onlinesource



 
Msg#: 4610347 posted 2:37 am on Sep 24, 2013 (gmt 0)

hmmm.. My thinking is very old school. You must be able to see your link on the page of the domain that is linking to your site. If you can't find the page, it's gone. (not sure why google still counts it though in WMT).


I was also thinking the same thing. At the same time, you do have sites that will go down from time to time but are still good sites. If you had a back link on a site like that, you wouldn't want to pull the plug on that back link just because it was temporarily down.

onlinesource



 
Msg#: 4610347 posted 1:28 pm on Sep 27, 2013 (gmt 0)

You really need to first understand the differences between a good link, a "neutral" link, and a bad link.

Then you should really, REALLY check out each link individually and decide for yourself whether it is good, neutral, or bad.

I've used some of those link checking tools and they are roughly accurate about 50% of the time. In grade school, 50% correct would get you an "F"


So I was able to get a report back that shows me each domain that links to me, the link percentage, linked pages, and overall page rank. With 10 pages of links, this report is rather intense.

The site with the most links to my domain, for example, is a Wordpress blog which provides me with 1,585 links and a link percentage total of 25.722% of all my links. The number of linked pages is just 7 and the page rank is N/A.

I just checked the blog and it has good age and has had a 2/10 page rank before and appeared in Google but the majority of my links are in it's sidebar and footer which I know is a red flag for spam with Google. The site owner told me he would remove my links from the sidebar but that my domain would still control the majority of back links on his blog. Should I disavow this site from my list? Do you think Google already sees this blog as spam abuse? The owner claims that Google has not flagged it in "Manual Actions" in his Google Webmaster Tools account.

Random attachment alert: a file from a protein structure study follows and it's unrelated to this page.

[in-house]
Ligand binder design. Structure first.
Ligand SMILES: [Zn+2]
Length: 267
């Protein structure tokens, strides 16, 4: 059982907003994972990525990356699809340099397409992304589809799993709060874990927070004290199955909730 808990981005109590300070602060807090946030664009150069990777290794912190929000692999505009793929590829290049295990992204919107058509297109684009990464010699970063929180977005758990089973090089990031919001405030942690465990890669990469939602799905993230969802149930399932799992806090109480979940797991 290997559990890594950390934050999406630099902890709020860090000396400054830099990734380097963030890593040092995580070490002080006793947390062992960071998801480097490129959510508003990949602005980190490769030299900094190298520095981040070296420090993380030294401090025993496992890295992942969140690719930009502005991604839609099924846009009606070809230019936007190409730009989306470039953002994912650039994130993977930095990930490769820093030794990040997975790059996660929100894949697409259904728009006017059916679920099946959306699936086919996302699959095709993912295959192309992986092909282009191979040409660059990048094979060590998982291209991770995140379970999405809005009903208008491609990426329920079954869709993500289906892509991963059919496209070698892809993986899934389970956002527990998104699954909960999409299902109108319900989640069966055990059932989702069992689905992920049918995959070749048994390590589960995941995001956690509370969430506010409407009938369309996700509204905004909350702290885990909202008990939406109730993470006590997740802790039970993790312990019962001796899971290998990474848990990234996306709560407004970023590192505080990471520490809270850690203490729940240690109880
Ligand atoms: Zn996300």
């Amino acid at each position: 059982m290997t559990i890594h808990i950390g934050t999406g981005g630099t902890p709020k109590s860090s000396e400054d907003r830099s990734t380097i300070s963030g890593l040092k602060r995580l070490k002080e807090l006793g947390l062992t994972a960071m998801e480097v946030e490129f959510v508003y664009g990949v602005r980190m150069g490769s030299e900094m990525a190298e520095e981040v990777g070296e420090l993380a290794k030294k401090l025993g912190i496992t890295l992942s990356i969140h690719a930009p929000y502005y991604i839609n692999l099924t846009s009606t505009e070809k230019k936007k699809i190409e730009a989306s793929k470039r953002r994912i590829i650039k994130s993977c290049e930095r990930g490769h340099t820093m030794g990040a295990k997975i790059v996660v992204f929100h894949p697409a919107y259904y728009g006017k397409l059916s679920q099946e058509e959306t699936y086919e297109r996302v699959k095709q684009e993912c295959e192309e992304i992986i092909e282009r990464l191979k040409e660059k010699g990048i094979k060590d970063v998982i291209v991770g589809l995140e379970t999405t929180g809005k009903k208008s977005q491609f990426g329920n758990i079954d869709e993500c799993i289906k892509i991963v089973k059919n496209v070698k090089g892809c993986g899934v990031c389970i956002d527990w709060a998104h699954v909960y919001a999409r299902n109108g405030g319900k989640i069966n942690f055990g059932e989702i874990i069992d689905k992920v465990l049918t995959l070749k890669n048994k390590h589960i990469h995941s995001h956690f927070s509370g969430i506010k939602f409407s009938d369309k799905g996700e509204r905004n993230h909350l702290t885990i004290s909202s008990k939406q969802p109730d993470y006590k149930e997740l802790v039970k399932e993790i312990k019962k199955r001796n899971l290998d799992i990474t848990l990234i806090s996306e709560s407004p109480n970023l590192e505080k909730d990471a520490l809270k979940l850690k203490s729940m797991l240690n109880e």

onlinesource



 
Msg#: 4610347 posted 2:57 pm on Oct 1, 2013 (gmt 0)

You really need to first understand the differences between a good link, a "neutral" link, and a bad link.


Is there a report from Matt and/or Google on how to spot a "good", "neutral" and "bad" link to your site? I've read articles online that suggest looking for links in the sidebar and footer of these sites, hidden text, keyword stuffing, etc, but is there anything official from Google on what to look for? I hate to put my entire website in the hands of some random blogger and his article.

I also contacted the company who developed the tool which scans links. They want $5K to go through and give me a report on what links to disavow. Seems like a lot but we're talking over a thousands links here and I have nobody to help me load each one and check them one-by-one. Could be worth it.

Wilburforce

WebmasterWorld Senior Member 5+ Year Member



 
Msg#: 4610347 posted 4:56 pm on Oct 1, 2013 (gmt 0)

Is there a report from Matt and/or Google on how to spot a "good", "neutral" and "bad" link to your site?


In checking on the many thousands of links to my site I found this (expired) Google thread, (which I have already posted in anothere WebmasterWorld discussion) which might give you some ideas:

http://productforums.google.com/forum/#!msg/webmasters/ZR3_W6mWVmE/7ux0qNihKV0J

Note the comment, towards the bottom of the page:

"BTW, if in doubt, better to disavow a good link than to leave a bad one.
Google will take your disavow list as a suggestion. If they think something is good, it will stay good."

Any links that postdate your site's success probably haven't contributed much.

I am trawling though my own link profile, and although I am irritated by Google's regime of penalising (rather than simply ignoring) off-site content, it has made me more aware of just how much junk is being generated. I don't think turning the junk into a weapon will stop it proliferating, but there are no signs yet of a U-turn from Google on this one.

[edited by: aakk9999 at 9:48 pm (utc) on Oct 8, 2013]
[edit reason] Made URL readable [/edit]

onlinesource



 
Msg#: 4610347 posted 7:38 pm on Oct 8, 2013 (gmt 0)

"BTW, if in doubt, better to disavow a good link than to leave a bad one.
Google will take your disavow list as a suggestion. If they think something is good, it will stay good."


Thanks man.

onlinesource



 
Msg#: 4610347 posted 7:53 pm on Oct 8, 2013 (gmt 0)

My goal right now is to disavow all my bad links with Google.